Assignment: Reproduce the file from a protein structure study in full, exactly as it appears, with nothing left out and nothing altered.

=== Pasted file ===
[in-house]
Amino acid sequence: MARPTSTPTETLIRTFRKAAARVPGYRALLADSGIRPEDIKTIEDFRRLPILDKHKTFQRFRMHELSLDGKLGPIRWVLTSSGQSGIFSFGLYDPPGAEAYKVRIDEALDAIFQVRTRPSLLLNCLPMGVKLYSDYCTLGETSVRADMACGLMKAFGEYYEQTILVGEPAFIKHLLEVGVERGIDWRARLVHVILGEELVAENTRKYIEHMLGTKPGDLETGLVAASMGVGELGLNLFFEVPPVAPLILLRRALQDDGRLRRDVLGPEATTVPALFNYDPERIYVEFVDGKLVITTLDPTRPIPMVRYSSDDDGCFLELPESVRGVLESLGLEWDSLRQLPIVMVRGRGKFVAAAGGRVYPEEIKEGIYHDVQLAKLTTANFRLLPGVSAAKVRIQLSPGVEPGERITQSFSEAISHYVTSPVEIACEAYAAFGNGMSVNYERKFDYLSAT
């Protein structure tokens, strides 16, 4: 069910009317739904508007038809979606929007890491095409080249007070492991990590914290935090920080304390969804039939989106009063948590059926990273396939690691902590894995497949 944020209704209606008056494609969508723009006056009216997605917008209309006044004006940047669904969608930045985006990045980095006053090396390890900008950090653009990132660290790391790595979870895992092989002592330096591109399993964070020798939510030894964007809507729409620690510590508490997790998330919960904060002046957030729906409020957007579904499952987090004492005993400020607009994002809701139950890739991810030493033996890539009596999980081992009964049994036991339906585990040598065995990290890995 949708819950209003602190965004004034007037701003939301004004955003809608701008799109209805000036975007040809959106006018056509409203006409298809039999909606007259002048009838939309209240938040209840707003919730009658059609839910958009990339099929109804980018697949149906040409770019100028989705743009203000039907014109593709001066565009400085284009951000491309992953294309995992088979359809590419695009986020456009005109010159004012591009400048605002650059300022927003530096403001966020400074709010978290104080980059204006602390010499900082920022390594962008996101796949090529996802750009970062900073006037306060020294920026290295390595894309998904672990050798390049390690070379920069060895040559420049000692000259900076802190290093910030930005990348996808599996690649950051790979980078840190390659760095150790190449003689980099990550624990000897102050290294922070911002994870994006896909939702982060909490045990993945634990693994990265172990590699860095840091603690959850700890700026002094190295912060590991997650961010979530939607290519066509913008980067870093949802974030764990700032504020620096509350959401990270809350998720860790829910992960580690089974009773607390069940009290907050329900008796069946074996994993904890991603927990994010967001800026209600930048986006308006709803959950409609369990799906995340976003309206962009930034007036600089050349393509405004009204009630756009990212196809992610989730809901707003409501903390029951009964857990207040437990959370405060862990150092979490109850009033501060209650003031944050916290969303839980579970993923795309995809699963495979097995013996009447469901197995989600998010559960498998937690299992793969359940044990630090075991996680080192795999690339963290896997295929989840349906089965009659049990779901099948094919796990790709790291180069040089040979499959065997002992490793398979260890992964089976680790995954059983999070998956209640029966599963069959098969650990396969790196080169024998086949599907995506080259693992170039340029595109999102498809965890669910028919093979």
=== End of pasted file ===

[in-house]
Amino acid sequence: MARPTSTPTETLIRTFRKAAARVPGYRALLADSGIRPEDIKTIEDFRRLPILDKHKTFQRFRMHELSLDGKLGPIRWVLTSSGQSGIFSFGLYDPPGAEAYKVRIDEALDAIFQVRTRPSLLLNCLPMGVKLYSDYCTLGETSVRADMACGLMKAFGEYYEQTILVGEPAFIKHLLEVGVERGIDWRARLVHVILGEELVAENTRKYIEHMLGTKPGDLETGLVAASMGVGELGLNLFFEVPPVAPLILLRRALQDDGRLRRDVLGPEATTVPALFNYDPERIYVEFVDGKLVITTLDPTRPIPMVRYSSDDDGCFLELPESVRGVLESLGLEWDSLRQLPIVMVRGRGKFVAAAGGRVYPEEIKEGIYHDVQLAKLTTANFRLLPGVSAAKVRIQLSPGVEPGERITQSFSEAISHYVTSPVEIACEAYAAFGNGMSVNYERKFDYLSAT
């Protein structure tokens, strides 16, 4: 069910009317739904508007038809979606929007890491095409080249007070492991990590914290935090920080304390969804039939989106009063948590059926990273396939690691902590894995497949 944020209704209606008056494609969508723009006056009216997605917008209309006044004006940047669904969608930045985006990045980095006053090396390890900008950090653009990132660290790391790595979870895992092989002592330096591109399993964070020798939510030894964007809507729409620690510590508490997790998330919960904060002046957030729906409020957007579904499952987090004492005993400020607009994002809701139950890739991810030493033996890539009596999980081992009964049994036991339906585990040598065995990290890995 949708819950209003602190965004004034007037701003939301004004955003809608701008799109209805000036975007040809959106006018056509409203006409298809039999909606007259002048009838939309209240938040209840707003919730009658059609839910958009990339099929109804980018697949149906040409770019100028989705743009203000039907014109593709001066565009400085284009951000491309992953294309995992088979359809590419695009986020456009005109010159004012591009400048605002650059300022927003530096403001966020400074709010978290104080980059204006602390010499900082920022390594962008996101796949090529996802750009970062900073006037306060020294920026290295390595894309998904672990050798390049390690070379920069060895040559420049000692000259900076802190290093910030930005990348996808599996690649950051790979980078840190390659760095150790190449003689980099990550624990000897102050290294922070911002994870994006896909939702982060909490045990993945634990693994990265172990590699860095840091603690959850700890700026002094190295912060590991997650961010979530939607290519066509913008980067870093949802974030764990700032504020620096509350959401990270809350998720860790829910992960580690089974009773607390069940009290907050329900008796069946074996994993904890991603927990994010967001800026209600930048986006308006709803959950409609369990799906995340976003309206962009930034007036600089050349393509405004009204009630756009990212196809992610989730809901707003409501903390029951009964857990207040437990959370405060862990150092979490109850009033501060209650003031944050916290969303839980579970993923795309995809699963495979097995013996009447469901197995989600998010559960498998937690299992793969359940044990630090075991996680080192795999690339963290896997295929989840349906089965009659049990779901099948094919796990790709790291180069040089040979499959065997002992490793398979260890992964089976680790995954059983999070998956209640029966599963069959098969650990396969790196080169024998086949599907995506080259693992170039340029595109999102498809965890669910028919093979």